The deal - first announced in March 2013 - was originally expected to close late last year. Then in December, ConAgra said it would probably close in early 2014. Today it has pushed the date forward again to Q2 of calendar year 2014.
In an 8-K regulatory filing (click here ) ConAgra Foods said there were “various reasons" for the delay, "including the ongoing regulatory review process”.
The companies are prepared to divest four flour milling facilities before or at the time of the merger: Horizon's facility in LA; and ConAgra's facilities in Oakland, CA; Saginaw, TX; and New Prague, MN.
Completion of the transaction remains subject to reaching agreement with the U.S. Department of Justice, financing and other certain customary closing conditions.
The proposed deal
Under the proposed deal, ConAgra and Cargill will each have a 44% stake in Ardent Mills, while producer-owned cooperative CHS will own the remaining 12%. All three will have representatives on the board, while CHS will be among the new company’s wheat suppliers.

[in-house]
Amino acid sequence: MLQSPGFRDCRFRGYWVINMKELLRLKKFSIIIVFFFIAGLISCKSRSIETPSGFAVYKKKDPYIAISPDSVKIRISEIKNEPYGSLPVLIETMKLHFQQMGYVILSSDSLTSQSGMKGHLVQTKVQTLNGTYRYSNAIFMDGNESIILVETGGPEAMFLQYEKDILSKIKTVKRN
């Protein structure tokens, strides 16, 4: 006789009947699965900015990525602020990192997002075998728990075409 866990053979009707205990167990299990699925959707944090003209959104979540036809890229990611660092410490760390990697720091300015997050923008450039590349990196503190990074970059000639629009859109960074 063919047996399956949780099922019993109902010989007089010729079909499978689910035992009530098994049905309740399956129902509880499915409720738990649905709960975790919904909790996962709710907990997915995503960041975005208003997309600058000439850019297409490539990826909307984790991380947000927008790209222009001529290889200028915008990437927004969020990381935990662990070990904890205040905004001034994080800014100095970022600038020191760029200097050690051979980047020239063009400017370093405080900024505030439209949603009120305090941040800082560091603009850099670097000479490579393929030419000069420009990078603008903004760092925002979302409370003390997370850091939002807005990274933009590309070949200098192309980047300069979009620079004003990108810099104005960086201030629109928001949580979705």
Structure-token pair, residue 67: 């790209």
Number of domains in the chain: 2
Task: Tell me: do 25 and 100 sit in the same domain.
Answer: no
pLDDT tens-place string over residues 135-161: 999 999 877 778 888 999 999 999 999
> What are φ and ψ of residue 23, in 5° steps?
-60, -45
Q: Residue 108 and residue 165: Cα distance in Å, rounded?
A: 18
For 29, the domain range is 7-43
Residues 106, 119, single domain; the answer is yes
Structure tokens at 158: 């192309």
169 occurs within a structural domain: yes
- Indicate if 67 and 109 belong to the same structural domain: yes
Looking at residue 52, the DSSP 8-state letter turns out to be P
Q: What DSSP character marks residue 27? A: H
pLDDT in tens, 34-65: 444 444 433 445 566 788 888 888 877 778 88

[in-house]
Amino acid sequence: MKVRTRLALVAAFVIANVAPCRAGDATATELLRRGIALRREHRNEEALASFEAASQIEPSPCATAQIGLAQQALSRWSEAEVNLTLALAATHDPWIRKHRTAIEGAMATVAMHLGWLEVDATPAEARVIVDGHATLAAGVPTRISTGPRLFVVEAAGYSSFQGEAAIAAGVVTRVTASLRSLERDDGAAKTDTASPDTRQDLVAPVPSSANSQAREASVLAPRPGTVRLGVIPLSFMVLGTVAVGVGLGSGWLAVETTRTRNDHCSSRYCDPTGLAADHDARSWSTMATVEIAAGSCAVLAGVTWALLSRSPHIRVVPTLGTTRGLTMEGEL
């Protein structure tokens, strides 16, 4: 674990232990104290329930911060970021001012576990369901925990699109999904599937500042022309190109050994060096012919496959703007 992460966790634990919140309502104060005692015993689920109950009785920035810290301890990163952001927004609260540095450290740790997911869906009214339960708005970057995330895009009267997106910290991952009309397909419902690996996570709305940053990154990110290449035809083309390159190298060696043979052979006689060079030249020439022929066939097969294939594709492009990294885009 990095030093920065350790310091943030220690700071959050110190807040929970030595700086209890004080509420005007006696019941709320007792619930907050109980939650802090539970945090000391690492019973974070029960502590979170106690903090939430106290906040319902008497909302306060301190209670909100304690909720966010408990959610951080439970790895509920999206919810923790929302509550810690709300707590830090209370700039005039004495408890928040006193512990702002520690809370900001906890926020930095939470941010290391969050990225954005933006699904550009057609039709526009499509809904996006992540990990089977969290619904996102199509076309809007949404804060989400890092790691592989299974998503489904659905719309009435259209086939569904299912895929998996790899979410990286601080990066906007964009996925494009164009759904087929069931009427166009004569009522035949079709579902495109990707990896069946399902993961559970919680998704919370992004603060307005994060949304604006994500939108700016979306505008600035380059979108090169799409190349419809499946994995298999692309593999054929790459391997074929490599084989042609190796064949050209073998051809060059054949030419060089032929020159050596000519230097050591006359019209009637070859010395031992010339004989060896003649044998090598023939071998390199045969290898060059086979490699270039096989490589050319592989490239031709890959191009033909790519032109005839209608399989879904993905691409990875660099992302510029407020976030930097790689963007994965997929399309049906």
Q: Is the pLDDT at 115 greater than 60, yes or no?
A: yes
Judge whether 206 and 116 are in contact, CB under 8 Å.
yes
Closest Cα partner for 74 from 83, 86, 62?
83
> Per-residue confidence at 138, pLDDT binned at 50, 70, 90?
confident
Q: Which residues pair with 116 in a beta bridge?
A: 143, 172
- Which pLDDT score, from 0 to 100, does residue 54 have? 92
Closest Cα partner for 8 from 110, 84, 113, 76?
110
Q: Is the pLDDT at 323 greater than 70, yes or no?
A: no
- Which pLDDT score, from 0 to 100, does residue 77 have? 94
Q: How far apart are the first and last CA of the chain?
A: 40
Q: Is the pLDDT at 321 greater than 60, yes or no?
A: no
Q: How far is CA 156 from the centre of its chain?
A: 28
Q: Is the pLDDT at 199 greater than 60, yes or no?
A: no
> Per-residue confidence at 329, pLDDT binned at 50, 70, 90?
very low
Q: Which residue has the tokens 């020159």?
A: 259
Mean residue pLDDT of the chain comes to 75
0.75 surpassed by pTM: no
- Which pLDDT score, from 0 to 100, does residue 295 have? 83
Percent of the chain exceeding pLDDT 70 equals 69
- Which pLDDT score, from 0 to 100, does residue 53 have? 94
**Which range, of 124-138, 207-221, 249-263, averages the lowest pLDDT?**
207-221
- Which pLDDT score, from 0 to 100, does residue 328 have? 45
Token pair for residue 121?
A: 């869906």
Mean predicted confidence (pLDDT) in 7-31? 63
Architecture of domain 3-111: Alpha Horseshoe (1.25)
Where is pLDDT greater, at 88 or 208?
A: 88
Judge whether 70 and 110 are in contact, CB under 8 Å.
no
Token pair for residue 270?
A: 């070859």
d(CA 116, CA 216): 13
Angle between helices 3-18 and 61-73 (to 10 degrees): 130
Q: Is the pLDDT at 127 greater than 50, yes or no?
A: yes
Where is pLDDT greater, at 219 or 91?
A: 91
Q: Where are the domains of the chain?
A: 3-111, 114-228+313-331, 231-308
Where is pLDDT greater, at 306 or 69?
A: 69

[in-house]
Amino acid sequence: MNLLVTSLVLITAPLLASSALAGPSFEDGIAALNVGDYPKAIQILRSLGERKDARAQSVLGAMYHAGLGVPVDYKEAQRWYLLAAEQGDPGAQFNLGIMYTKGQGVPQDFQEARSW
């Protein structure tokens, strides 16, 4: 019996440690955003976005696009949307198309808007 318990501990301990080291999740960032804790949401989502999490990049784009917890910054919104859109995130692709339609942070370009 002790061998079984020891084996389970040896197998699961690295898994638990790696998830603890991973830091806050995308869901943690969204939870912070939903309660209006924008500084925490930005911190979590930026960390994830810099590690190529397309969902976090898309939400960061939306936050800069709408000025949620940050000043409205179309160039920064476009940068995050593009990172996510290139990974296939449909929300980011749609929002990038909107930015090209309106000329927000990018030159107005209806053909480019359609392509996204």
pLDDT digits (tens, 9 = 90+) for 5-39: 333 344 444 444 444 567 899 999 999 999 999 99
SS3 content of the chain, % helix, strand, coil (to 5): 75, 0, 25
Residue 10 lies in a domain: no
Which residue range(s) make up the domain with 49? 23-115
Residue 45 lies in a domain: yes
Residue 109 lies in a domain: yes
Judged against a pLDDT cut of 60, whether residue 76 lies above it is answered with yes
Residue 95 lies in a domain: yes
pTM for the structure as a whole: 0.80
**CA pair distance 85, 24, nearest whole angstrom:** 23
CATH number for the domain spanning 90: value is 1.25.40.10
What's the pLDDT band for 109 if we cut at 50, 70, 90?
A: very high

Ardent Mills - which will operate as an independent joint venture of ConAgra, Cargill and CHS and be based in Denver, Colorado - will be led by Horizon Milling President Dan Dye and joined by ConAgra Mills’ president Bill Stoufer as chief operating officer and chief integration officer.
Horizon Milling is based in Minnetonka, Minnesota. ConAgra is based in Omaha, Nebraska.
ConAgra revises forecasts
The Ardent Mills delay was announced as ConAgra Foods revised its financial outlook for fiscal 2014.
Profits will be slightly lower than previously anticipated, said ConAgra Foods CEO Gary Rodkin, blaming "a longer-than-expected timeframe to restore the private brands segment to planned levels of operating profit", "weaker-than-expected volumes in the Consumer Foods segment", and "margin pressures in the Commercial Foods segment driven by customer mix challenges and poorer-than-expected potato crop quality".
Click here to read more about Ardent Mills.